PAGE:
In a developing nation like Nepal, there are many stigmas associated with menstruation which often leads to the spread of misinformation and inadequate access to menstrual hygiene management tools and education. As a result, most menstruating women often rely on makeshift reusable cloth pads which can lead to allergies or serious reproductive tract infections when using the wrong type of material and not washed properly. Other issues such as the access, cost and lack of choices of menstrual hygiene care products suited to individual needs, also act as a barrier for women to gain education and employment while improper disposal of such products contribute significantly to environmental pollution. Driven by this shared experience of women all around Nepal and to tackle the associated issues, the founder Mrs. Anju Thapa introduced a range of eco-friendly and reusable sanitary pads made from natural and safe materials, alongside a range of other menstrual hygiene and maternal care products directed towards promoting women’s health and safe menstruation management.
Read our conversation with the founder to learn about her efforts to promote menstrual health equity and ensure all menstruation women can celebrate menstruation as a natural experience and without fear, embarrassment or discomfort.
What was the inspiration behind starting a menstrual hygiene product manufacturing business?
The business idea was cultivated as a solution to my own problems associated with menstrual hygiene and comfort. I had many issues during my period such as cramps, discharge and allergy to commercial sanitary pads. With no alternative options, I started incorporating my own cotton fabric into the store bought pads which I eventually learned is susceptible to bacterial growth and can adversely affect our reproductive health.
I was later made aware of a special type of cloth pads on the international market, from which I tested various brands. This led me to think, I knew so many other women with the same issues so it didn’t make sense for only me to have access to safe and comfortable menstrual pads. This thought spurred the idea to turn it into a business which I established in 2018.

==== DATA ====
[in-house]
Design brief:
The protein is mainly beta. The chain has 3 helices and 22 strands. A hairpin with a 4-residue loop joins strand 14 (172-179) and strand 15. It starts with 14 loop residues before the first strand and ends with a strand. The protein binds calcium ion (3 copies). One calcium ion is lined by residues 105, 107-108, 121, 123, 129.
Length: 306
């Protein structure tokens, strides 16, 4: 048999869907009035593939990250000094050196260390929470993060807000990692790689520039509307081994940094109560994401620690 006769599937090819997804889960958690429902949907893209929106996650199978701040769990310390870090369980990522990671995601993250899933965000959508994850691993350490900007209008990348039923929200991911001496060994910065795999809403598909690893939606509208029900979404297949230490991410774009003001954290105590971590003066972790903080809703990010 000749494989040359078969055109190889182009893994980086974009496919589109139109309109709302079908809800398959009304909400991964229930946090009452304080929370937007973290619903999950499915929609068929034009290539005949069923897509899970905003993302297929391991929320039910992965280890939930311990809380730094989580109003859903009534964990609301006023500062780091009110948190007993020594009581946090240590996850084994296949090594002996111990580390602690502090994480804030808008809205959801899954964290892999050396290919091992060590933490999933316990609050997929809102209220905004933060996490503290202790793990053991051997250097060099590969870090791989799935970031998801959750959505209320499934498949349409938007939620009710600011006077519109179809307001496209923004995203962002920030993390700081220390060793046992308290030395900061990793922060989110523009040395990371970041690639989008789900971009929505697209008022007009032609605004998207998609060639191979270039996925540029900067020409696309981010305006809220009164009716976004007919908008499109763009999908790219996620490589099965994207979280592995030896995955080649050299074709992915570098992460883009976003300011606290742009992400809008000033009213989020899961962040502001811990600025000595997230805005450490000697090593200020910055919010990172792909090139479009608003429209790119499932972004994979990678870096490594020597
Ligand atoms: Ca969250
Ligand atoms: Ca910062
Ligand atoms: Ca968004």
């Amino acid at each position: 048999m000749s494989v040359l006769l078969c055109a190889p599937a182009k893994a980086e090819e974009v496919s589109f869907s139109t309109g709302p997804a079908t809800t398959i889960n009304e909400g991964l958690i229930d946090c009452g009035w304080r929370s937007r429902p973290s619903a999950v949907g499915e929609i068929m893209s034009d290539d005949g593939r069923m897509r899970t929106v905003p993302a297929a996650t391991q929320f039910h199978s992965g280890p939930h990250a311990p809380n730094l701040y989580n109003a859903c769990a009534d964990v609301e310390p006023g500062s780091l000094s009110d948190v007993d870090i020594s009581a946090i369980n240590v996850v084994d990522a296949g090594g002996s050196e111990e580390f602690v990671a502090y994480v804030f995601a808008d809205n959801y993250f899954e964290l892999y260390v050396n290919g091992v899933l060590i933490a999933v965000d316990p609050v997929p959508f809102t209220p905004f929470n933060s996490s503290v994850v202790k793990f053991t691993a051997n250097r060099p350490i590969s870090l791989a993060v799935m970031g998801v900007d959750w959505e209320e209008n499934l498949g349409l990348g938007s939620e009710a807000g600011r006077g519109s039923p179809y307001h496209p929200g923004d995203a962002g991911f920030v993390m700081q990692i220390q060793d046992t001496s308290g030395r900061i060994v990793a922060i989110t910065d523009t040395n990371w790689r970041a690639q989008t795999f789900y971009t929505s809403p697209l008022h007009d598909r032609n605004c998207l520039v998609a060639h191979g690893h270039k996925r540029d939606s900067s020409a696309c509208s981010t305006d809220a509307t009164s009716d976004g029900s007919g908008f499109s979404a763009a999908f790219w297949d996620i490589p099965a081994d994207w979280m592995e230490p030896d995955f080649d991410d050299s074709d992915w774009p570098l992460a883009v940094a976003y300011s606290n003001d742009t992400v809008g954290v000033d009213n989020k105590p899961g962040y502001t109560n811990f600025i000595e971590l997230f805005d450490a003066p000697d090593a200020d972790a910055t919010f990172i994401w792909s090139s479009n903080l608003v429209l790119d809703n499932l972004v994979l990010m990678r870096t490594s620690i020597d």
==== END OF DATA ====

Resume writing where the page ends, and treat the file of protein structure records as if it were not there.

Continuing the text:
Can you describe the process from sourcing suitable fabrics to assembling the pad design.
I initially learned the stitching process by hand online using 100% cotton, banana fibre and bamboo fabrics which have very strong absorbent properties but we also had to focus on the antimicrobial effects of the fabric. We eventually discovered a special type of cotton fabric available on the Chinese and Indian market which has breathable, ultra- absorbent, durable and anti-microbial properties that ensures women can meet their menstrual hygiene needs in a safe and convenient manner. Some women feel embarrassed while carrying or drying the pad in public so we also focus on the aesthetics of our pads using different types of fabric designs including the pouch.
You have stated that you are an advocate for safe menstrual hygiene practices. How do you implement this?
We provide training programs set up by the local wards and municipalities in Rupandehi and the surrounding areas. There are many women community gatherings in these areas which enables a better outreach through a single voice to many people at once. I also try to grab the opportunity to speak with my customers and educate them about the basics of period hygiene management such as the correct way to use our pad, effectively wash it in dettol water and to dry it well in the sun. We also get a lot of opportunities from different schools, to teach young girls on how to deal with their periods in a hygienic manner, to not be embarrassed about a natural process and to challenge the stigmas associated with menstruation.